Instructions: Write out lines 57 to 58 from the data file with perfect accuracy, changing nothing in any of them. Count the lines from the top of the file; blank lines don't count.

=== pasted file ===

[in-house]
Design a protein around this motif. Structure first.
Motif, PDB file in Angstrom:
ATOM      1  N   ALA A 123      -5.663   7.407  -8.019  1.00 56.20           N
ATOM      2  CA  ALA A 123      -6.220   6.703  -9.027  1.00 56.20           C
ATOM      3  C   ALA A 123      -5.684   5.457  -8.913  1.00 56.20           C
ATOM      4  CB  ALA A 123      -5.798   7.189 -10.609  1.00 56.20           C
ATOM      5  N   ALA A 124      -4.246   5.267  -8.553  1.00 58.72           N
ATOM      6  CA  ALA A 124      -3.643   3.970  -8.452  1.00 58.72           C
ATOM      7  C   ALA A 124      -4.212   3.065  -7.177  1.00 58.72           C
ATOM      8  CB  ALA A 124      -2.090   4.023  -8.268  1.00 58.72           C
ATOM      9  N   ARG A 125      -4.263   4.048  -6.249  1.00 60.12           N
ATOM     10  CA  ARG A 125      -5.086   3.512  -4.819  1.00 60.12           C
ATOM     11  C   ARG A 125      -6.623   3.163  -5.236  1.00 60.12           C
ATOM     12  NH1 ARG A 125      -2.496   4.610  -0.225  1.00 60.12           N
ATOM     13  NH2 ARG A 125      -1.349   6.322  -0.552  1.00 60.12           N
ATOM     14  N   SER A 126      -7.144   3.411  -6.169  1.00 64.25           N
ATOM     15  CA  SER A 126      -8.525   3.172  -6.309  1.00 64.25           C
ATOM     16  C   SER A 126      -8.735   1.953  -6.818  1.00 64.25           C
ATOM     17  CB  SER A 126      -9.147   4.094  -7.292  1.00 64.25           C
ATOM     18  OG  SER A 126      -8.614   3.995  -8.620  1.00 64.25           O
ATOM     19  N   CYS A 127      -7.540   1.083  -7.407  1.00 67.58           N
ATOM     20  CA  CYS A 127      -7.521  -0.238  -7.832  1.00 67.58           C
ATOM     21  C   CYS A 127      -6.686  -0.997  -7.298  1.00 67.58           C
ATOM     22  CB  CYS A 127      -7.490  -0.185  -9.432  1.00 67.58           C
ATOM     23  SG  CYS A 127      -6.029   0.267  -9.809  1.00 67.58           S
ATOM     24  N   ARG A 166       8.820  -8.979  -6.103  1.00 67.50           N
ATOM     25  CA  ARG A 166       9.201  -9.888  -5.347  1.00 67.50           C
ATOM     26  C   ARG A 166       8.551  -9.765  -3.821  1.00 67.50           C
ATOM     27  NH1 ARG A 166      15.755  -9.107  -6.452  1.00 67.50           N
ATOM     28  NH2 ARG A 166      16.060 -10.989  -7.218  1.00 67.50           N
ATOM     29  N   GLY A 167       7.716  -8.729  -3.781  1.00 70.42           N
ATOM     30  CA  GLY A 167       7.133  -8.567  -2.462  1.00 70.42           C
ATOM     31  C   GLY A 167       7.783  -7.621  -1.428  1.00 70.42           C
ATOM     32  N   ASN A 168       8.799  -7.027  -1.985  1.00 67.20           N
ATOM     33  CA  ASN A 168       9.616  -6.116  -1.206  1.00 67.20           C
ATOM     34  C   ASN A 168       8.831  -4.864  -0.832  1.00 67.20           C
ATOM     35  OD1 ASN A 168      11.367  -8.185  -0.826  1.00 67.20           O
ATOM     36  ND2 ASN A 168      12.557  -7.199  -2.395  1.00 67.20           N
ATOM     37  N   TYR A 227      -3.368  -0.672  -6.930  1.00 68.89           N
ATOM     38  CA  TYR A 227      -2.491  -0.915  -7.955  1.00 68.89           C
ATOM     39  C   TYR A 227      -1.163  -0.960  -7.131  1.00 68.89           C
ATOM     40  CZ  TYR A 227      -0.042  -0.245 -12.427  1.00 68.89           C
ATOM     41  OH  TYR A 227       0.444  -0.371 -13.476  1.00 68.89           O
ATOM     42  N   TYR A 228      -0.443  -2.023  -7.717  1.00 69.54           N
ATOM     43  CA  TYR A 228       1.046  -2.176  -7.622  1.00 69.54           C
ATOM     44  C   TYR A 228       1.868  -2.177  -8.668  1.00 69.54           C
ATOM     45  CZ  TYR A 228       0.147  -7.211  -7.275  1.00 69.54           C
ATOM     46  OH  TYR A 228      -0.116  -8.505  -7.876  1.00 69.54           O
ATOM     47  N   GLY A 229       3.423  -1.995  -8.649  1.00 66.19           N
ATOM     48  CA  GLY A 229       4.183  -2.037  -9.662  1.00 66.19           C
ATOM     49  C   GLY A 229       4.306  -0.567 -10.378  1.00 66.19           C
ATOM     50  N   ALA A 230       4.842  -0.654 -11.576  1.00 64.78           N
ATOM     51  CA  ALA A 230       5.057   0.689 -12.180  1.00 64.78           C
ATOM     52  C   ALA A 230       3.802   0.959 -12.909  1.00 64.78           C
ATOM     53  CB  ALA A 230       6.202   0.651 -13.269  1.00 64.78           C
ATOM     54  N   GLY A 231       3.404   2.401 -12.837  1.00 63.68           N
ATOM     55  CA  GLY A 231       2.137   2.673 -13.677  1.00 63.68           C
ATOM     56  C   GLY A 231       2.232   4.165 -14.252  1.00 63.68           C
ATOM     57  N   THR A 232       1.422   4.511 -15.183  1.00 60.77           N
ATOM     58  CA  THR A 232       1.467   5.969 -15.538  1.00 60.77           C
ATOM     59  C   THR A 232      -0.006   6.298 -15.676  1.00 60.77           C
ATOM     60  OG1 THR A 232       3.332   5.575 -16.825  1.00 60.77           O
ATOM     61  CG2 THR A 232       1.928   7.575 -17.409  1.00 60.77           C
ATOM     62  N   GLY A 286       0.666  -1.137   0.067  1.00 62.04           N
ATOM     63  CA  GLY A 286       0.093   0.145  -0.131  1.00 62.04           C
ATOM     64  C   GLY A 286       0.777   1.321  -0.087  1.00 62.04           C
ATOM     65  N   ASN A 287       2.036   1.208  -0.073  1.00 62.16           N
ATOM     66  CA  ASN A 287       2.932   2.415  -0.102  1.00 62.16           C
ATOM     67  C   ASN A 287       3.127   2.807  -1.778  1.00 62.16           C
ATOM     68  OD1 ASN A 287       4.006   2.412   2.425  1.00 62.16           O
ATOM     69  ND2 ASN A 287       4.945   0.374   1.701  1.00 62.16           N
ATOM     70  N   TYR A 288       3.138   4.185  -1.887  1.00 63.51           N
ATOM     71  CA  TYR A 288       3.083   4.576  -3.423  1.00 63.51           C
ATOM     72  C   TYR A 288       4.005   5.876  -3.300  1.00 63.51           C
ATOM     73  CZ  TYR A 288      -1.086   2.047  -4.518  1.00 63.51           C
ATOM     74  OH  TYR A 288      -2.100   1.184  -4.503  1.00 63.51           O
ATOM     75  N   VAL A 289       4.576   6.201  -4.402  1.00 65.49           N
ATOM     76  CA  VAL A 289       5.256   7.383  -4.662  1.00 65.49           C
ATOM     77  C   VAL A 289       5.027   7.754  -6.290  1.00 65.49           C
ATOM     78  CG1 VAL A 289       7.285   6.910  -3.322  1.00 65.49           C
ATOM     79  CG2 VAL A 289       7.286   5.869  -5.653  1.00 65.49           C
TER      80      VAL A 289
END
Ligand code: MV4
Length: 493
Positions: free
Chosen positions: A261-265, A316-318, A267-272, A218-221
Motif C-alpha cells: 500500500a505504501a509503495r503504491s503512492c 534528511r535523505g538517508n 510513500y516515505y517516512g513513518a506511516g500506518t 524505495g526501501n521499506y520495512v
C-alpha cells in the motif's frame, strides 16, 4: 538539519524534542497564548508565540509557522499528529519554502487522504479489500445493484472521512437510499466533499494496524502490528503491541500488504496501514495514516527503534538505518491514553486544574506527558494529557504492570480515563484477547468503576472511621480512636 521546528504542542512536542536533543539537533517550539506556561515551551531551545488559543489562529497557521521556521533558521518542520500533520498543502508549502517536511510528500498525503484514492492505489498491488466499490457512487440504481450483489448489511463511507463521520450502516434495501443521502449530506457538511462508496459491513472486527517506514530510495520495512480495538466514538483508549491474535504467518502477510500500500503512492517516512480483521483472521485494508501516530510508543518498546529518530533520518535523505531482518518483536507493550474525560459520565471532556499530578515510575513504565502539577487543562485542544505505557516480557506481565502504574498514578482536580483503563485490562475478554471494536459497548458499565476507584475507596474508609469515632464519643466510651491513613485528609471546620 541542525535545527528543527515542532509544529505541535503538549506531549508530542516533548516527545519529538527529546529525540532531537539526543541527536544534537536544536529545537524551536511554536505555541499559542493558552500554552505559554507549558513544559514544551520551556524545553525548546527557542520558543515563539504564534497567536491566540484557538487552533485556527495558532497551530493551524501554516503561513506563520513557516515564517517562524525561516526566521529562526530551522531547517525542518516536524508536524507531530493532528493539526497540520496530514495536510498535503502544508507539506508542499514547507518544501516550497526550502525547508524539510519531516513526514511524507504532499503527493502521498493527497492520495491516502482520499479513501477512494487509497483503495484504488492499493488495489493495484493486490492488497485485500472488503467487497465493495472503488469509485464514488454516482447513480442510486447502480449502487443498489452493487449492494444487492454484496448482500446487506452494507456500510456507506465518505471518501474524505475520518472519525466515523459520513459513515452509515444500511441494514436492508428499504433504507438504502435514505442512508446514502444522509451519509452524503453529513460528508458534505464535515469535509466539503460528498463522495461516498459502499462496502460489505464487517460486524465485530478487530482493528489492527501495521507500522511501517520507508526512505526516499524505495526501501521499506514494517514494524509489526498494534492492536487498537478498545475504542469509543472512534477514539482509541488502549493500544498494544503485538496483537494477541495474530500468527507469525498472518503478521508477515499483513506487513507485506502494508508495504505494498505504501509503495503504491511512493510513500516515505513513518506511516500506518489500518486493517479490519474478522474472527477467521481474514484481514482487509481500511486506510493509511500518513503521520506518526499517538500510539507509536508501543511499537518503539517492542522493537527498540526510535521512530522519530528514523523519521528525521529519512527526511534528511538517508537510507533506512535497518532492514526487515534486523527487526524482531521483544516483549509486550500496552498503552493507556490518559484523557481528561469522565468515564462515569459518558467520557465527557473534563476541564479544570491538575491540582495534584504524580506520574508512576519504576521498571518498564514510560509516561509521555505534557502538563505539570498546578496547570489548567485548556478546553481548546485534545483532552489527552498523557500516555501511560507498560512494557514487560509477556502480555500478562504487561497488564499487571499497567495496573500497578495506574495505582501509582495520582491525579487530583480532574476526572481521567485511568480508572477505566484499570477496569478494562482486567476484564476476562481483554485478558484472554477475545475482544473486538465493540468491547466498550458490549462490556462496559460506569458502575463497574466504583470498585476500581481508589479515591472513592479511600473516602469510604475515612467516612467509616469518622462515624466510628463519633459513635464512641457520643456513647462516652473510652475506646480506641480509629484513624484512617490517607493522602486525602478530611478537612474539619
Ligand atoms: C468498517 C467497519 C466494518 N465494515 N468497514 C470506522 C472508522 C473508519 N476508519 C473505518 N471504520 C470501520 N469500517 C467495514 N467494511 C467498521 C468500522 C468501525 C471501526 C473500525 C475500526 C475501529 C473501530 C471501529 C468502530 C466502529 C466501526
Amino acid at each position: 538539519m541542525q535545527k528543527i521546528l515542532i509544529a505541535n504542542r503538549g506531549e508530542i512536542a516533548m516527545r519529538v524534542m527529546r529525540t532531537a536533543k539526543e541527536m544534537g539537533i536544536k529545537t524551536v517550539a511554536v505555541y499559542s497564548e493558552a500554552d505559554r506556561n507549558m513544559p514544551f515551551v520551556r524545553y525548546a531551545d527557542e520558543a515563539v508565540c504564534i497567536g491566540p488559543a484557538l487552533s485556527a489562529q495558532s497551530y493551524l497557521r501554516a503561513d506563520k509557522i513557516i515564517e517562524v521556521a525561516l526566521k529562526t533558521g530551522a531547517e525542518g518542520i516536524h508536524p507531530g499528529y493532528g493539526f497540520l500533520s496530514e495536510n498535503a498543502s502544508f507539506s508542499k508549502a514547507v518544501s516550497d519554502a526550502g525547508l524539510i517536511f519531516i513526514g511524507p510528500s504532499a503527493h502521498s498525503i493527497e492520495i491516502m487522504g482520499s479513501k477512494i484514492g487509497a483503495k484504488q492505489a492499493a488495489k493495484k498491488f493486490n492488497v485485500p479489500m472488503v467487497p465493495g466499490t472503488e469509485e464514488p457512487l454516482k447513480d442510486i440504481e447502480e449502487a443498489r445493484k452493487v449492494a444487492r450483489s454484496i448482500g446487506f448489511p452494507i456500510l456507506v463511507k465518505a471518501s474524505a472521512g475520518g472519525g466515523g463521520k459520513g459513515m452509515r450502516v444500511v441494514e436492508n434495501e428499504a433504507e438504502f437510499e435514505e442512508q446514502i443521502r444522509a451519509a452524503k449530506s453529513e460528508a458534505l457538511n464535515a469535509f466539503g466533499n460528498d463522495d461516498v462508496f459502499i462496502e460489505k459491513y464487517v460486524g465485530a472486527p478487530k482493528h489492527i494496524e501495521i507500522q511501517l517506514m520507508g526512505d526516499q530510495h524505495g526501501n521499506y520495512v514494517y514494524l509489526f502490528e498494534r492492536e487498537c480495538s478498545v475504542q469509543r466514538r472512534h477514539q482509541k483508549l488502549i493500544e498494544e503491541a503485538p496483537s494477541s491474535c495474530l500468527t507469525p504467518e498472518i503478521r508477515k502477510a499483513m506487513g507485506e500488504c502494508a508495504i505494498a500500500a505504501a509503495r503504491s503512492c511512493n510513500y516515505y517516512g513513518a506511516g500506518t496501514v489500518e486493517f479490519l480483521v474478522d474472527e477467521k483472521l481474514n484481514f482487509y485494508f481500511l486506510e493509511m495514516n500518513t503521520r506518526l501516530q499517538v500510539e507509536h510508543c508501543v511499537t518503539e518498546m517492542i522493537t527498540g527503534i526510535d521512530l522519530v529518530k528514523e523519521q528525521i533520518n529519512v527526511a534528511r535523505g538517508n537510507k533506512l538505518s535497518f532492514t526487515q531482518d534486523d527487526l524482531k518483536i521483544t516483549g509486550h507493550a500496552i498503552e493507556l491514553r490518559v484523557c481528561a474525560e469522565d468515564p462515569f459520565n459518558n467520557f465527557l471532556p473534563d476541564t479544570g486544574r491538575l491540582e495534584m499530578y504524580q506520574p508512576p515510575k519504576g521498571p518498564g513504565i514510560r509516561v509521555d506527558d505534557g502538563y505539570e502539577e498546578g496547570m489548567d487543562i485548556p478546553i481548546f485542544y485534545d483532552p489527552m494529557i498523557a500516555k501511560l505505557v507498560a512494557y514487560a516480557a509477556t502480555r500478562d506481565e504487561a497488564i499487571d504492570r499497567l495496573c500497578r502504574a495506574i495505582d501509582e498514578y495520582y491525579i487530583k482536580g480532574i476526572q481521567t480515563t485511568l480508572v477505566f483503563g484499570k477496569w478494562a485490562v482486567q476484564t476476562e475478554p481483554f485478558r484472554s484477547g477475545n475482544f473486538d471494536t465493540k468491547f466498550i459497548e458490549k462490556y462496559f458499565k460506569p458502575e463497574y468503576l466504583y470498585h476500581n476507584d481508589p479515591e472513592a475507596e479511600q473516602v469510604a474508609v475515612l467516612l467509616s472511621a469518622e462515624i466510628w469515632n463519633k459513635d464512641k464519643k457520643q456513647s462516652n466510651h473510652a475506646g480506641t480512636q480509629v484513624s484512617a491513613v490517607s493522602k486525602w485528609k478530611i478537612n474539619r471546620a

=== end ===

ATOM     54  N   GLY A 231       3.404   2.401 -12.837  1.00 63.68           N
ATOM     55  CA  GLY A 231       2.137   2.673 -13.677  1.00 63.68           C